“Confirmed Judges, Confirmed Fears” is a blog series documenting the harmful impact of President Trump’s judges on Americans’ rights and liberties.
The Fifth Circuit was already very conservative when Donald Trump took office. He has now filled nearly 30 percent of the court’s active judgeships, making it even more extreme. One demonstration of that occurred in July 2018 in a Second Amendment case called Mance v. Sessions.
If you can easily bypass a state’s gun safety laws just by buying a gun somewhere else, the state’s gun safety measures are severely undercut. Congress chose to protect states’ ability to establish and enforce their own laws to reduce gun violence by, among other things, requiring that firearms dealers sell guns only to state residents. In this case, a panel of the Fifth Circuit upheld the law’s constitutionality. Without having to decide these questions, it assumed for the purposes of the case that residency restrictions are not the type of “longstanding regulatory measures” that are presumptively constitutional, and that they should be subject to the strictest level of scrutiny. The panel concluded that even under those assumptions, the law was constitutional under the Supreme Court’s 2008 Heller precedent.
A majority of the Fifth Circuit declined to reconsider the case en banc. Judge Stephen Higginson pointed out in his concurrence that “the panel opinion gave petitioners the benefit of the doubt at every step of [its] analysis.” Several conservative judges dissented, including each of the Trump judges on the court. James Ho and Don Willett each wrote a dissent (which was joined by the other Trump judges, Kyle Duncan and Kurt Engelhardt) complaining that the Second Amendment is not given respect and that the decision should be reconsidered. Willett wrote:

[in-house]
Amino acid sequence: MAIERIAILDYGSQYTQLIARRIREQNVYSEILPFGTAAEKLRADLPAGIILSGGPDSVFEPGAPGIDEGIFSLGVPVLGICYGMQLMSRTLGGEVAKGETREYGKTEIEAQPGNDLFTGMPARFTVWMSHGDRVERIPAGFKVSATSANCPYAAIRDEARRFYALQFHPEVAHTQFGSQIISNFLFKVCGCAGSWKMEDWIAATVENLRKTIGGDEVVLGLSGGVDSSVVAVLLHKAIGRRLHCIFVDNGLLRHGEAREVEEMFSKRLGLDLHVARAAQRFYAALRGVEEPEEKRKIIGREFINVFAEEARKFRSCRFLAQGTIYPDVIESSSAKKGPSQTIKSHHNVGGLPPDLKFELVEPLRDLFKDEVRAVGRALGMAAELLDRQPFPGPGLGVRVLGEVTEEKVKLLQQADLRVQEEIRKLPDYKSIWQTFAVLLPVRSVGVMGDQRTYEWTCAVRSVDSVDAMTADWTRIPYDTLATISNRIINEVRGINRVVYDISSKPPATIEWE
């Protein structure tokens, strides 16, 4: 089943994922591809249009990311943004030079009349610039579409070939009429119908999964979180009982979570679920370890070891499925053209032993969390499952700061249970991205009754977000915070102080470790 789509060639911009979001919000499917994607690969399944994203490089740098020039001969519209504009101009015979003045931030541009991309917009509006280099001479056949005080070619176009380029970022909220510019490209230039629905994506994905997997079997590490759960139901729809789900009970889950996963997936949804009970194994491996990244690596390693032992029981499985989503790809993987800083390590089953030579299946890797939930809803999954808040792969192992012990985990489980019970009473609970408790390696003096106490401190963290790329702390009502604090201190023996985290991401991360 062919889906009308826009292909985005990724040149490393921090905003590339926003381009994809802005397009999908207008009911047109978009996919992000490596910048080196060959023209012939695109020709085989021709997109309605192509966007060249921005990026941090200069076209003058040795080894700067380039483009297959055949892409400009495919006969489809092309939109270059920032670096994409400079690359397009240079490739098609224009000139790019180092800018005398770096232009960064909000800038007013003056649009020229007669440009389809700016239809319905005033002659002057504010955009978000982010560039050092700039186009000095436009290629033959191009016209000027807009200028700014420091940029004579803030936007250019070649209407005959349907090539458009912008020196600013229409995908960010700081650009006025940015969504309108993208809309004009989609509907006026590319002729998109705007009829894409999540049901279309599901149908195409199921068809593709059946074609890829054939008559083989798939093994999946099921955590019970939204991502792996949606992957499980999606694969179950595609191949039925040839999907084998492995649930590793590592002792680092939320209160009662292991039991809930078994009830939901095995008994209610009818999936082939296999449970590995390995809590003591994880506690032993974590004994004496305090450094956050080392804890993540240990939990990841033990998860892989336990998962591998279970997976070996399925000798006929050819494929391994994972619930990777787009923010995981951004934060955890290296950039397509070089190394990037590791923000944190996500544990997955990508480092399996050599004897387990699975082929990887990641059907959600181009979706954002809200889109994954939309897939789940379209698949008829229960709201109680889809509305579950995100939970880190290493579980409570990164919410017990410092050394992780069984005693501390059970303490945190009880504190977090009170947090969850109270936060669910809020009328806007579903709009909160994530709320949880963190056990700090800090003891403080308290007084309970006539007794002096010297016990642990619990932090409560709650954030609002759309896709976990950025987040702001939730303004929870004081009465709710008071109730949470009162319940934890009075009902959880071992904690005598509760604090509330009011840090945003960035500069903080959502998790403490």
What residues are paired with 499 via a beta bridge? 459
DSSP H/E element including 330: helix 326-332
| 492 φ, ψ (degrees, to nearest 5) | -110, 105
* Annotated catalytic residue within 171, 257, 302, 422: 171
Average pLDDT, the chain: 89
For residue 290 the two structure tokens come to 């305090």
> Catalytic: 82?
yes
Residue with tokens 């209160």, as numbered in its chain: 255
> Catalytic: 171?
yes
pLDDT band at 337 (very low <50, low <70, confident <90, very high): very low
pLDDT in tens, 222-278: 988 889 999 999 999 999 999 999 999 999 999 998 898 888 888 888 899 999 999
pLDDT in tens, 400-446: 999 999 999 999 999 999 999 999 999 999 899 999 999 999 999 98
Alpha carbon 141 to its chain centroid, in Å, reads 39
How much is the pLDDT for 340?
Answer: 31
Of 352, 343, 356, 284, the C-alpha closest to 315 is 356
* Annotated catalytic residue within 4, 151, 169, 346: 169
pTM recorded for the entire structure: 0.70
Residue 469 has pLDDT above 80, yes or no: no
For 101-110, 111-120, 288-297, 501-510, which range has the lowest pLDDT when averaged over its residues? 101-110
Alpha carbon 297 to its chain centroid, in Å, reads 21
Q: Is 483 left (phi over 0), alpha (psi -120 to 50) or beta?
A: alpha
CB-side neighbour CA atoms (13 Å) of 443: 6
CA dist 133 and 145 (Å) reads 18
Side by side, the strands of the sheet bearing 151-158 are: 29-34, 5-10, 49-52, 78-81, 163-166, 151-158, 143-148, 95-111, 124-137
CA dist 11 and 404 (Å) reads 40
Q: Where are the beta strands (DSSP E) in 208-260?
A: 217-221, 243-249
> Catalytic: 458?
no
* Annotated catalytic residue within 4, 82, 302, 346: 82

The Second Amendment is neither second class, nor second rate, nor second tier. The “right of the people to keep and bear Arms” has no need of penumbras or emanations. It’s right there, 27 words enshrined for 227 years.
In this context, “penumbras and emanations” is a contemptuous dismissal of the idea that the Constitution protects a person’s right to privacy. Conservatives claim to oppose that idea because the word “privacy” is not mentioned in the Constitution, nor are specific examples like “the right to marry” or “the right to contraception” or “the right to abortion.” The conservative movement has as a major goal the overruling of Supreme Court precedent recognizing these constitutional rights, and Trump’s judges have long been part of that movement.
Willett quotes the text of the Second Amendment to contrast the apparent legitimacy of the right to bear arms for self-defense with the purportedly illegitimate right to privacy. But his use of the text doesn’t show that at all:
A well regulated Militia, being necessary to the security of a free State, the right of the people to keep and bear Arms, shall not be infringed.
Where in the Second Amendment does it say anything about “the inherent right of self-defense” or a right to “use arms in defense of hearth and home?” It doesn’t. It mentions militias. It is one of the few constitutional provisions that explicitly states its purpose.
Gun violence kills innocent people every day, and firearms are used to intimidate law-abiding people throughout the country. That isn’t what the Second Amendment is about.